The New York Department of Financial Services has announced changes to the rules governing check cashing fees in the state.
The new regulations aim to address the costs for consumers when using check cashing services. The previous rules, which were adopted almost 20 years ago, were the only ones in the country that set annual and gradual increases in the maximum percentage for a check cashing fee and linked those increases to the rate of inflation.
The new rules use a “data-driven methodology” to determine the new fee formula for check cashing, which takes into account the needs of both licensees and consumers who use check cashing services. Check cashing is often used by communities that are underserved, especially for basic consumer banking needs. Linking fees to the rate of inflation did not consider the effect on the often lower-income people who use check cashing services, particularly when combined with stagnant wages and rising inflation.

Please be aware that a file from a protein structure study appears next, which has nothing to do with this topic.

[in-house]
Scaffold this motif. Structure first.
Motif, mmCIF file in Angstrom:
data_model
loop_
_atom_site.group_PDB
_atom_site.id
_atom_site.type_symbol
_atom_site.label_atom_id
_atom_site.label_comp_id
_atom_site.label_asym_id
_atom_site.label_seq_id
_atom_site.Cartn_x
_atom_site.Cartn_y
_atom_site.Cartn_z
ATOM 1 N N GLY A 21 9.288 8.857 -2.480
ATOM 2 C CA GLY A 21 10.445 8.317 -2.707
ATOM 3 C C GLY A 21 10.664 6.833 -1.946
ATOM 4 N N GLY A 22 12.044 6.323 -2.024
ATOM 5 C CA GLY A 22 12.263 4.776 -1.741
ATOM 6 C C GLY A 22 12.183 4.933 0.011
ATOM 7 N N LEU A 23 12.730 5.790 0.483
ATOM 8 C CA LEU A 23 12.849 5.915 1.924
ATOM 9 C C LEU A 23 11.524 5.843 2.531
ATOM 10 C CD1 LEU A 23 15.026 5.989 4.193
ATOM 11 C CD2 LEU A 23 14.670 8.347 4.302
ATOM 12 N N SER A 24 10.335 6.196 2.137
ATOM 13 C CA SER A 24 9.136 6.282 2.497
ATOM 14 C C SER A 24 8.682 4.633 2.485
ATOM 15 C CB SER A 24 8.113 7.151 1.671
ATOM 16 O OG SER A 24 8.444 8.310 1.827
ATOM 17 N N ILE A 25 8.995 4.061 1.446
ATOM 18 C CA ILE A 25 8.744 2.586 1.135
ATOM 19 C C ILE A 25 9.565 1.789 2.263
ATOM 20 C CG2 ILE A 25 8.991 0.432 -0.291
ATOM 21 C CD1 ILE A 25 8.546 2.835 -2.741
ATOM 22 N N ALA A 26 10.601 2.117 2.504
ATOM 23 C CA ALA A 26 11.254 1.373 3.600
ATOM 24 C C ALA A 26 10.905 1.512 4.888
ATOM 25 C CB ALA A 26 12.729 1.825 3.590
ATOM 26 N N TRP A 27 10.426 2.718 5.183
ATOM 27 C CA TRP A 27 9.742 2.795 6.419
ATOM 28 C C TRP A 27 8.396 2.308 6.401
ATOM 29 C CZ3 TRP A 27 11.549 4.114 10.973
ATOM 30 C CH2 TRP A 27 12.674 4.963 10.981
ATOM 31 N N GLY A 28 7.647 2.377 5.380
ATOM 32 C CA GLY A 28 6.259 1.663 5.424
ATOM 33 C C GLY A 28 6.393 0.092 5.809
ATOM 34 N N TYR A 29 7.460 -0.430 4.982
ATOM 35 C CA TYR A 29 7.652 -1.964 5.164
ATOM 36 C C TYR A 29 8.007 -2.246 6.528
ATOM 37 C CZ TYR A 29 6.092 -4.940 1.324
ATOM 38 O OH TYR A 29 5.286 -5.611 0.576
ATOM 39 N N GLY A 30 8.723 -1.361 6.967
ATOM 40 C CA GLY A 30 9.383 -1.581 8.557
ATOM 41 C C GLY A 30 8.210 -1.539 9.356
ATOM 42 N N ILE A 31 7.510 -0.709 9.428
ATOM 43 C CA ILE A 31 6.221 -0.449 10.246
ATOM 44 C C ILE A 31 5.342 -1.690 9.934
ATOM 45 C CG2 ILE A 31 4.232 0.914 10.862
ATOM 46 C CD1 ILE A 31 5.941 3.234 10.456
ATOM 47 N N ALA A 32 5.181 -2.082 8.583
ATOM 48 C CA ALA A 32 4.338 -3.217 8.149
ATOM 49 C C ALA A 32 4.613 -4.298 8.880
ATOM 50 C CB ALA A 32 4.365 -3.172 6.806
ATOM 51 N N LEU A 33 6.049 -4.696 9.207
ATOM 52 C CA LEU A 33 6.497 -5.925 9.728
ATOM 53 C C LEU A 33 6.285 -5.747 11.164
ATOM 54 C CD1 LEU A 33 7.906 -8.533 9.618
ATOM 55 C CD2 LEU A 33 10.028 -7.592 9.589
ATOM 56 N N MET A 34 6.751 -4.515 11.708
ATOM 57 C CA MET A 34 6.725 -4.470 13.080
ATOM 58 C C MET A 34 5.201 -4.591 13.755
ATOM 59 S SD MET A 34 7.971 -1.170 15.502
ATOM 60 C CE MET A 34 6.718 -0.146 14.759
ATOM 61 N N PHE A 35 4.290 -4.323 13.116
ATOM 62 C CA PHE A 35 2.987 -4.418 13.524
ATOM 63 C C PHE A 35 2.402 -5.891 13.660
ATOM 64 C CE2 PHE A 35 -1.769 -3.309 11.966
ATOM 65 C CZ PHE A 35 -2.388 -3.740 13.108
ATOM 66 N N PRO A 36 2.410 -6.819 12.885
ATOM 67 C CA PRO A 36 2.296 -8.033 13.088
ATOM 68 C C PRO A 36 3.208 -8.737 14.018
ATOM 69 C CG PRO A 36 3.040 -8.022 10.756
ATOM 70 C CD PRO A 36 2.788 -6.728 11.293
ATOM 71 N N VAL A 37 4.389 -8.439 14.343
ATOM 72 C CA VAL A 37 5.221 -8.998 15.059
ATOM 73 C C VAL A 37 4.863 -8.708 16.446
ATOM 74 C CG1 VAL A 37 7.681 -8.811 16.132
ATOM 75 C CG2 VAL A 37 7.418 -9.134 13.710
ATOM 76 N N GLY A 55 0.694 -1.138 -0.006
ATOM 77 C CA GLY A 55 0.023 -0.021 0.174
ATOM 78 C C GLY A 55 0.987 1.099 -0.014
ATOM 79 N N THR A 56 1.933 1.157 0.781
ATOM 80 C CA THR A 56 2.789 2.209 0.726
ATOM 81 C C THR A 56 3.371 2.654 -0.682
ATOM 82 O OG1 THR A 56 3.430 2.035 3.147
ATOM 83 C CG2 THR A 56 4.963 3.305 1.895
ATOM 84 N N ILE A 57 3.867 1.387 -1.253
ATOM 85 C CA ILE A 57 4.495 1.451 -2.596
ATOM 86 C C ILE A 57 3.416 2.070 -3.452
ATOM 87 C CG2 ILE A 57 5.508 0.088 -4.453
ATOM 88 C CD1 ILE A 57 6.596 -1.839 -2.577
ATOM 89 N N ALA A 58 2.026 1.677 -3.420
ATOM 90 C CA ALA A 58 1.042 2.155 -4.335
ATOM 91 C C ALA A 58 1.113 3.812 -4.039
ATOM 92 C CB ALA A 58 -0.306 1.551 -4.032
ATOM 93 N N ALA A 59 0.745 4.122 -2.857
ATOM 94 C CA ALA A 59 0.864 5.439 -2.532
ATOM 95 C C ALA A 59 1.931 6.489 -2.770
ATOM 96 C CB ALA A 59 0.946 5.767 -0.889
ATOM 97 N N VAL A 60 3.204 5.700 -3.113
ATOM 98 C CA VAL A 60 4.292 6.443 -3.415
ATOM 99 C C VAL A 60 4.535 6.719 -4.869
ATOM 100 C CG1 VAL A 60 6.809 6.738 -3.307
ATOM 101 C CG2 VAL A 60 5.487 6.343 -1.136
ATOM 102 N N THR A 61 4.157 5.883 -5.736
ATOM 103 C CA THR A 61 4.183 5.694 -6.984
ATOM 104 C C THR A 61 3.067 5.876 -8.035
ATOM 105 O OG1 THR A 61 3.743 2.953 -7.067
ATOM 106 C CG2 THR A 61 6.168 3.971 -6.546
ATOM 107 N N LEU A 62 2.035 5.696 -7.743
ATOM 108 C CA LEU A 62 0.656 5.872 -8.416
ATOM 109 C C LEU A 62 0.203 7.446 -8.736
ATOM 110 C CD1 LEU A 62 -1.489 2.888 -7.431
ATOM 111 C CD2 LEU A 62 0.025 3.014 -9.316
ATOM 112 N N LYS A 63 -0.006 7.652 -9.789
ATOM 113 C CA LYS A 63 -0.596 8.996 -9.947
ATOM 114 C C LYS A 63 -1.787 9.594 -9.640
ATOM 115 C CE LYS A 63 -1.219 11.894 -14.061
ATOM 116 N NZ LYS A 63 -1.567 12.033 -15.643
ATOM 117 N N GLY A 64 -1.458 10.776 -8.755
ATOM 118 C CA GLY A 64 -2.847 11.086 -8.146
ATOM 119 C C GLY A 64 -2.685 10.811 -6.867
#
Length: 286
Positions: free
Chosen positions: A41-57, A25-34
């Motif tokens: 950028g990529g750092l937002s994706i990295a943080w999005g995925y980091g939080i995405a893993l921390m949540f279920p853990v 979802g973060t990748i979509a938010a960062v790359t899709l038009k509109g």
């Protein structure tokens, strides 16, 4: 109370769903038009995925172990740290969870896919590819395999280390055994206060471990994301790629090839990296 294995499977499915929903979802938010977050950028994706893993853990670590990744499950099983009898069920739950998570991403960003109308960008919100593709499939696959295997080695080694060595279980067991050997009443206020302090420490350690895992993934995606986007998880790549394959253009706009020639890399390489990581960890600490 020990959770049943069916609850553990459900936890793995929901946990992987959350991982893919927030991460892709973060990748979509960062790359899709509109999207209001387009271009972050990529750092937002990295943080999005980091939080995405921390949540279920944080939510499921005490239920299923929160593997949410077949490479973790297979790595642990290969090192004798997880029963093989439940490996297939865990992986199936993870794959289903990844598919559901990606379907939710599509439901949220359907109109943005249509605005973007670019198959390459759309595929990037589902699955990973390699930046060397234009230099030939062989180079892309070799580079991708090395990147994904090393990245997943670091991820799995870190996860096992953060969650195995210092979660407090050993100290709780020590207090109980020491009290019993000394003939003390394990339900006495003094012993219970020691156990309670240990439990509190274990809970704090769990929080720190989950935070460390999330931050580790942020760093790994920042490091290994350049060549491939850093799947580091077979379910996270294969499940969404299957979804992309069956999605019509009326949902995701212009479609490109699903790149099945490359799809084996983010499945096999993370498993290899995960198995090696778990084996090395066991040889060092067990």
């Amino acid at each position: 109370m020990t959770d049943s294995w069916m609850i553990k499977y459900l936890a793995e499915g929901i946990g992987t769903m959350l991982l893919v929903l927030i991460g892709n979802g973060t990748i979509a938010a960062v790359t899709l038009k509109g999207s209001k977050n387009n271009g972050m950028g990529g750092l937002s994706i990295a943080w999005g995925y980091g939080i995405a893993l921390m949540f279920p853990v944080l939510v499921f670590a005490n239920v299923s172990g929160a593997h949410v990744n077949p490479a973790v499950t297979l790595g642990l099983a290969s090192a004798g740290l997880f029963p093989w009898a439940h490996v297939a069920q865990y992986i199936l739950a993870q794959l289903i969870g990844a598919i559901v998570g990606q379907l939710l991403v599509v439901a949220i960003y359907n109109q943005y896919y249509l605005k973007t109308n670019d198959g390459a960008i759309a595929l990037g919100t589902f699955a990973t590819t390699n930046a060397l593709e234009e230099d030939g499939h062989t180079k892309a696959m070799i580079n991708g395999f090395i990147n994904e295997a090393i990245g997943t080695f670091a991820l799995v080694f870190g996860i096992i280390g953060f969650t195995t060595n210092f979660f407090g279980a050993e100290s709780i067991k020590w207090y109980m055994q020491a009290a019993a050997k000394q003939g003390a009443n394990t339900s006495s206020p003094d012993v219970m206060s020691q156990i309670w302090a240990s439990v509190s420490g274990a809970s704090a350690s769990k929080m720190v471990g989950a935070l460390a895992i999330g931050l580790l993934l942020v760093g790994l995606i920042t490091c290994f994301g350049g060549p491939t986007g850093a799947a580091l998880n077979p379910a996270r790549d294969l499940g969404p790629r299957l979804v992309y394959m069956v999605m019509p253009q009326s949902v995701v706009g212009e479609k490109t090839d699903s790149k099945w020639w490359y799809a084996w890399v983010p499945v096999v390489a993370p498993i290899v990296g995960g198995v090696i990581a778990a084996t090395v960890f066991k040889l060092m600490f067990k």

Under the new rules, automatic increases based on the consumer price index will no longer be in effect. Instead, public assistance checks issued by a federal or state agency will include a 1.5% fee. For all other checks, the maximum fee that can be charged is 2.2% or $1, whichever is greater.
“Check cashers are frequently the only way that many underserved New Yorkers – particularly members of immigrant communities and people of color – can access their money,” said Financial Services Superintendent Adrienne Harris. “When I became Superintendent, it was clear that the existing fee methodology wasn’t just outdated, but inappropriate and punitive to consumers. Check cashers should not be entitled to automatic, annual fee increases just because their services are essential to many New Yorkers.”
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